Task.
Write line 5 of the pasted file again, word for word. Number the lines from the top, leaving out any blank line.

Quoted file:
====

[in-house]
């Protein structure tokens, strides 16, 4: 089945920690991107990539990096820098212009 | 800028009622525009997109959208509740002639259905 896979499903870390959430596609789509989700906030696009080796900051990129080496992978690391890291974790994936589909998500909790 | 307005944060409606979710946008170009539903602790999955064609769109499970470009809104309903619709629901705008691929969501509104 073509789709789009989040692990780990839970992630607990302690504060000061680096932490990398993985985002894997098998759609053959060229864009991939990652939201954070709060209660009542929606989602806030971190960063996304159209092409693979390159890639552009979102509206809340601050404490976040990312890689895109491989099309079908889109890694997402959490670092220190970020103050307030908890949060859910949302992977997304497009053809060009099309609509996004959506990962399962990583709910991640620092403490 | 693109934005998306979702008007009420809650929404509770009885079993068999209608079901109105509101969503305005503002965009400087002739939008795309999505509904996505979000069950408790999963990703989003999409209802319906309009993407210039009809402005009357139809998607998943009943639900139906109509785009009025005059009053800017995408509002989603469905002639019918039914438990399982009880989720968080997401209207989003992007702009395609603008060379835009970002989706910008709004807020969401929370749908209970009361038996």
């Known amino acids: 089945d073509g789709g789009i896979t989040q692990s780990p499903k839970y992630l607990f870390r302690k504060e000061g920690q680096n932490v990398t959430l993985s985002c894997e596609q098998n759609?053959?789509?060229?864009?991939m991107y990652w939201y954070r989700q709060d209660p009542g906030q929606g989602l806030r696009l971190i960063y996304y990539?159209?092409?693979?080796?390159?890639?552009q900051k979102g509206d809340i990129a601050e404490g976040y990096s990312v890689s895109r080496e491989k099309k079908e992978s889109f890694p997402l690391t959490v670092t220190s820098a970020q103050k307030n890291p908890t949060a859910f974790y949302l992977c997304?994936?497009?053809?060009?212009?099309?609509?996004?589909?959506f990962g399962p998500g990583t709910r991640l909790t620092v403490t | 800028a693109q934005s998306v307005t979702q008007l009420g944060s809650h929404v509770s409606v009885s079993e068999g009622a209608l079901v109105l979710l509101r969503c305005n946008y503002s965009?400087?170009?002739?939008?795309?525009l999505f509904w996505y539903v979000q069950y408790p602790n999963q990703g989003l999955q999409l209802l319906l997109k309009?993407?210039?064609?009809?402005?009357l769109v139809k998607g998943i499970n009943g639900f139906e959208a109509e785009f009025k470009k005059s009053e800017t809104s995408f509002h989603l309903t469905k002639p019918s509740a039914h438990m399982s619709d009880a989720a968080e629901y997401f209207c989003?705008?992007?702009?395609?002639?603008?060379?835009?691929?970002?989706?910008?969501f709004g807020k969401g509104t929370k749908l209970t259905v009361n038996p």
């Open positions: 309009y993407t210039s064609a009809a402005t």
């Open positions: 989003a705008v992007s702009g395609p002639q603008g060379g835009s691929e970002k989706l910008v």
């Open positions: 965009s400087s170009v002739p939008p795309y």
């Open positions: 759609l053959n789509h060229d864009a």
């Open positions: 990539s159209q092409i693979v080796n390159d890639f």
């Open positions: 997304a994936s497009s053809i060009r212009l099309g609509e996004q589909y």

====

């Open positions: 989003a705008v992007s702009g395609p002639q603008g060379g835009s691929e970002k989706l910008v």